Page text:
Archivo del February, 2013

Nation Branding: Problem or Solution?

Simon Anholt coined the term “nation branding” in 1996. Since then, he has also persistently warned of the dangerous myth surrounding this concept. A nation can’t be managed as a product, Countries are so complex, rich and diverse, that any would- be manager would  suffer an absolute lack of control. Brand managers are better off limiting themselves to helping the world to understand the real, complex, rich, diverse nature of their people and landscapes.

Spain dreams of strengthening its brand.  A stronger brand will help the economy and reduce unemployment – so the thinking goes. And so we see the retailers telling us “we only sell made in Spain products”, hoping that patriotic consumers will put their money where their mouth is.  Multinational mass market companies pronouncing that Hero jams, Renault cars or Balay appliances are made in Spain (a message that only ever gets broadcast locally). And then there are the “me too “companies attacking leaders like Zara or Mango for eschewing  the Made in Spain line.

Anholt warns of an absolute lack of control that Brand managers have over countries, as well as a lack of common goals. And in a nutshell, this is the problem we have in Spain. The Spanish government has named a High Commissioner – the Alto Comisionado – to manage the brand Spain. It’s an impressive-sounding title. However behind it there is the usual cronyism – a reward for faithful party service. The post itself is a part time position with no retribution, and the challenge of dealing with a brand where no less than four ministries and 20 institutions are competent. The latest decision from this brand manager has been to criticize autonomous regions such as Catalunya for developing their own brands, describing these efforts as squandering resources.

Nation branding, as outlined by Anholt, should follow Socrates’ advice “the way to achieve a better reputation is to endeavor to be what you desire to appear.” How a country is perceived depends on too many uncontrollable factors for it to be meangingfully managed. 

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NGO&Corporations: Let’s Talk Collabo-ration!

This week  we are hosting a fascinating academic session as part of our Leadership and Social Innovation in the NGOs Programme. A key area of focus is collaboration with corporations – critical at a time when public sector funding represents up to 80% of NGO income in Spain; and nearly 30% of the NGO have floundered in the last few years.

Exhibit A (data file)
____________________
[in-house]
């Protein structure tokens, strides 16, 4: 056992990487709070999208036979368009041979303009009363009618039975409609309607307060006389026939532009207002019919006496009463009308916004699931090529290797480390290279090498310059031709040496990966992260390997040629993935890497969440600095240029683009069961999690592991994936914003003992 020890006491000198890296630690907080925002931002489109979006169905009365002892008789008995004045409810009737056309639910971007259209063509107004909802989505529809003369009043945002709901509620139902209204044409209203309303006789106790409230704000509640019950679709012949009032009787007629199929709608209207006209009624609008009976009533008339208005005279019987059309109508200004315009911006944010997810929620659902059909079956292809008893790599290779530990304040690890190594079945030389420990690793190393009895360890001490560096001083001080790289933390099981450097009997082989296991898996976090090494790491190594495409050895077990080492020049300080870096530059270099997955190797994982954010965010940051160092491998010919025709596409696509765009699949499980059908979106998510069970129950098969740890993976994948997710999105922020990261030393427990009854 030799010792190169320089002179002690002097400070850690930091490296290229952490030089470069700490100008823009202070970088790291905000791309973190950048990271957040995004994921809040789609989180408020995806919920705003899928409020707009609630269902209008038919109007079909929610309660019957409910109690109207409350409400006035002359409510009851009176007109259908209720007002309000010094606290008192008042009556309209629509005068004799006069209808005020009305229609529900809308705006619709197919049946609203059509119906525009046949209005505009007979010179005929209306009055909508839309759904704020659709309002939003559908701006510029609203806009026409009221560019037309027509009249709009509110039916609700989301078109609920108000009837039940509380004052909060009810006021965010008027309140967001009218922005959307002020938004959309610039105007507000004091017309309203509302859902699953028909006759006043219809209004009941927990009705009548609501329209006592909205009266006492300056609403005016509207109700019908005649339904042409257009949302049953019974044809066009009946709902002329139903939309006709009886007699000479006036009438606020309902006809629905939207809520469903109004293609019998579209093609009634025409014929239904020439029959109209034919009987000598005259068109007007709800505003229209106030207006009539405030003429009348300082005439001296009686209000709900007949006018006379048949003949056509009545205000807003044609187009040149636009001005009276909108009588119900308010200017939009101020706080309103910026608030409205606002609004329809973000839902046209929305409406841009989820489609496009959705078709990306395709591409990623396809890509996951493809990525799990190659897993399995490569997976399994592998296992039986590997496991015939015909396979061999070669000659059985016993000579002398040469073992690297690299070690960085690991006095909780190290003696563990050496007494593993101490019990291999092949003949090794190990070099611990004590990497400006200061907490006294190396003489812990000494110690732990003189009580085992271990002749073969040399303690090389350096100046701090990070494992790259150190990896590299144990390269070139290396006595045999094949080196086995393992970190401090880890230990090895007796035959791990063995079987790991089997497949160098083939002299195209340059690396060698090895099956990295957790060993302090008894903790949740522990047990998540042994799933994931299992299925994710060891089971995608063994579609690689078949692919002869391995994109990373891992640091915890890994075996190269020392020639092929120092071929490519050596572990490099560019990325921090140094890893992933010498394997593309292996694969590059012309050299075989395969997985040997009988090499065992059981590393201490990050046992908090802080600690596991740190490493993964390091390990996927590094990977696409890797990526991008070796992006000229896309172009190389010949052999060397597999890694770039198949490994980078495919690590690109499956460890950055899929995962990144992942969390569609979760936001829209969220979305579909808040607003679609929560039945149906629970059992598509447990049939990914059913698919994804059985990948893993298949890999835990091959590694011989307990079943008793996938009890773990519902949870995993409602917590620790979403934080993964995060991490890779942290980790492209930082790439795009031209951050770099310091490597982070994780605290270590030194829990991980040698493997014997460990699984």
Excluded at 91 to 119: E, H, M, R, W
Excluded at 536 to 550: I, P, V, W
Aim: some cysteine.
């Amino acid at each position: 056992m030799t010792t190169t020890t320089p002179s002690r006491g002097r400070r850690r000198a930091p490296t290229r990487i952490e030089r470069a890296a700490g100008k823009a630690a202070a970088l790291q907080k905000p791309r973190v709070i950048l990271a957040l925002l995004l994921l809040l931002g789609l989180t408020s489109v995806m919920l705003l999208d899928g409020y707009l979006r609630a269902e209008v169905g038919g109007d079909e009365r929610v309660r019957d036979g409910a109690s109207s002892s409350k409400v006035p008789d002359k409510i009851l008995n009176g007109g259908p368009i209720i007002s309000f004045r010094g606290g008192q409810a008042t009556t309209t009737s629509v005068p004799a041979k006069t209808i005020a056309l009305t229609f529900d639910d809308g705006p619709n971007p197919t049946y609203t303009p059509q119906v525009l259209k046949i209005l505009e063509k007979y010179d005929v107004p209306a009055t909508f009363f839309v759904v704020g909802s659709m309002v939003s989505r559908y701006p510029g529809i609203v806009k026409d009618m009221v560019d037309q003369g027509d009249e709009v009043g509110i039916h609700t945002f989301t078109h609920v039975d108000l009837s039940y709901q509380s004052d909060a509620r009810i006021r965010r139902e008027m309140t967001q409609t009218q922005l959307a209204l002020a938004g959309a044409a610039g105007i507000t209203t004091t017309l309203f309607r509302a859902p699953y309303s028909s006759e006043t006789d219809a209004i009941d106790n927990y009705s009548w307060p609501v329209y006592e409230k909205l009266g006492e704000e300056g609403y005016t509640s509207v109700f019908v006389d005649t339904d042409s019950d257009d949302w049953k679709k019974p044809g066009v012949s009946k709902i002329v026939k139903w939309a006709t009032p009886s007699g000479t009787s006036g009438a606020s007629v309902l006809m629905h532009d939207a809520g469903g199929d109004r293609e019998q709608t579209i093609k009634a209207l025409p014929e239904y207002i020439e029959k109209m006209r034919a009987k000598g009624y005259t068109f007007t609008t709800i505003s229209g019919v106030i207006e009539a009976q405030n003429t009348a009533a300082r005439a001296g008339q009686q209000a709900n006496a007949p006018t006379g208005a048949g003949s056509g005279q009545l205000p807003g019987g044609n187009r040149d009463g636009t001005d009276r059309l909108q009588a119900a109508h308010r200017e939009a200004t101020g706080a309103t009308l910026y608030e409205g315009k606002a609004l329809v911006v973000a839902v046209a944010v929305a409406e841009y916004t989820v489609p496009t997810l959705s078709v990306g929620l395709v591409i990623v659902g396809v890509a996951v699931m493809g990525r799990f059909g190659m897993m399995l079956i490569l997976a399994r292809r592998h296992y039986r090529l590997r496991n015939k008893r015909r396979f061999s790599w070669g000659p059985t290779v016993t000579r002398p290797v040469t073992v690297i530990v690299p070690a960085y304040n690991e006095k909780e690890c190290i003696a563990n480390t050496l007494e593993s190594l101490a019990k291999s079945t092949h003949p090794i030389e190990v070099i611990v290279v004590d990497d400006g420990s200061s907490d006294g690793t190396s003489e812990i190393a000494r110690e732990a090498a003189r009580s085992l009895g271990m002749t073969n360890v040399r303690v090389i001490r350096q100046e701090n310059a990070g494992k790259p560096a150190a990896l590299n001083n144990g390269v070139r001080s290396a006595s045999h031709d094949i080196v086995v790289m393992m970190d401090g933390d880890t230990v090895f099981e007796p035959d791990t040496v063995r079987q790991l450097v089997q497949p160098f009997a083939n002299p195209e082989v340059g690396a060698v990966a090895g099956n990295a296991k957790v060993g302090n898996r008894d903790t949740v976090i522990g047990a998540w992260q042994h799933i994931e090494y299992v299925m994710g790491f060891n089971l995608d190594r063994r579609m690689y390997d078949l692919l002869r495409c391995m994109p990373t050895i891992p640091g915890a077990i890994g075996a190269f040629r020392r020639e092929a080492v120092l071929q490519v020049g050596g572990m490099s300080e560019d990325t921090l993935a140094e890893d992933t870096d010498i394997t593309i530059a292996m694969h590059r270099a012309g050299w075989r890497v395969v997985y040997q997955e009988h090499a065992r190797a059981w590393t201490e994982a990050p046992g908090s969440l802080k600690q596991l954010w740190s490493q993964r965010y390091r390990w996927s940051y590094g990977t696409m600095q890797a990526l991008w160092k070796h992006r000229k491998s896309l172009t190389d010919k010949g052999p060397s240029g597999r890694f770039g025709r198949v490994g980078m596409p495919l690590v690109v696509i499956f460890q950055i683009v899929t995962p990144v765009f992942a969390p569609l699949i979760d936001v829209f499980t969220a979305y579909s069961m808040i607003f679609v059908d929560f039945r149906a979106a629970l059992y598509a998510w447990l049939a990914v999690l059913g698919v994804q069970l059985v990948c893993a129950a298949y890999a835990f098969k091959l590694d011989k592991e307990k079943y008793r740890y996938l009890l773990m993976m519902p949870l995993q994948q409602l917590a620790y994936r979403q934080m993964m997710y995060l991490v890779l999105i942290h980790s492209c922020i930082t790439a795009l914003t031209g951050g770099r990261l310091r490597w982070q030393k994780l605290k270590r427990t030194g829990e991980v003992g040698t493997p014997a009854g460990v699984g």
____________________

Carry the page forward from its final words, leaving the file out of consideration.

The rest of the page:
So let’s look for the Big Fish to paraphrase Bono (U2) who founded the Red Project. As he eloquently put it: “Let’s surf on the back of the wake of these companies. And, I tell you, it won’t be long before our surfboard is moving at its own speed, on its own wave.” Later on, let’s give them a kick in the ass.

Collaboration is a complex matter. Academic research has coined concepts such as “new logic of management emerging” (Crozier, 1997), and spawned talk of “broadening the business model concept to incorporate cross-sector collaborations (….) which can be mutually reinforcing” (Dahan et al, 2010).

But the market orientation concept helps us with a new framework: collaboration means being willing to modify my goals in order to achieve my mission. Collaboration is an area  between Me and You, where we can talk about Us. And collaboration leads us to coopetition – a  neologism that splices competitive cooperation – and collabo-ration – to stress the rationality of the process.

Can you think of an example of collaboration in this sphere? Mine would be the collaboration between Coca Cola and Cruz Roja, both finding the way to talk about us. A rare and precious marketing jewel.

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Please, don’t come, you won’t like it here

Explicar el cómo y porqué del Demarketing es a veces difícil .. hasta que aparecen los casos. El Gobierno de UK está inmerso en una campaña de demarketing para reducir la inmigración a partir del 2014 de ciudadanos rumanos y búlgaros (por el momento, publicity, relaciones públicas, relaciones con mass media): un marketing de “trash its own image”, de “anti-nation branding”, “that the streets here are not paved with gold” . Incluso The Guardian ha propuesto que los ciudadanos propongan la creatividad de la campaña publicitaria. Los atributos, disuasorios: llueve, los derechos en sanidad o vivienda social pueden denegarse, hay poco trabajo, sobran bishops, y además nada comparable a los Cárpatos o el Mar Negro….

Las razones son evidentes: la previsión en el año 2004 de inmigrantes de Polonia fue de 20.000, y finalmente fueron casi 2 millones y según la BBC hoy el polaco es el segundo idioma de las islas, por delante del galés; la previsión oficiosa de la inmigración desde Rumanía y Bulgaria (el Gobierno prefiere no dar cifras) hoy son unos 250.000 en cinco años…. o sea que aplicando la desviación habida quizá llegarán a 25 millones (más no podrán porqué el total de la población son 29 millones).

¿Funciona realmente el Demarketing, podrán desanimar la demanda de emigración a UK?. También se habla de efectos contraproducentes con una campaña de estas características, y quizá como siempre el error en marketing esté en la falta de empatía y de comprensión de qué valoran, de hablarles de “salarios y servicios sociales bajos” o de recordarles lo bonitos que son los Cárpatos a la población de dos países en la cola de la UE, con un salario mediano real de unos 400€ al mes. La misma falta de comprensión del consumidor que llevó a UK a no entender la campaña de Eurostar en Bruselas en el 2007 para atraer turistas belgas a London: el marketing y el demarketing exigen comprensión real de la percepción de los stakeholders, aceptar que los estereotipos y percepciones son más valorados que la realidad.

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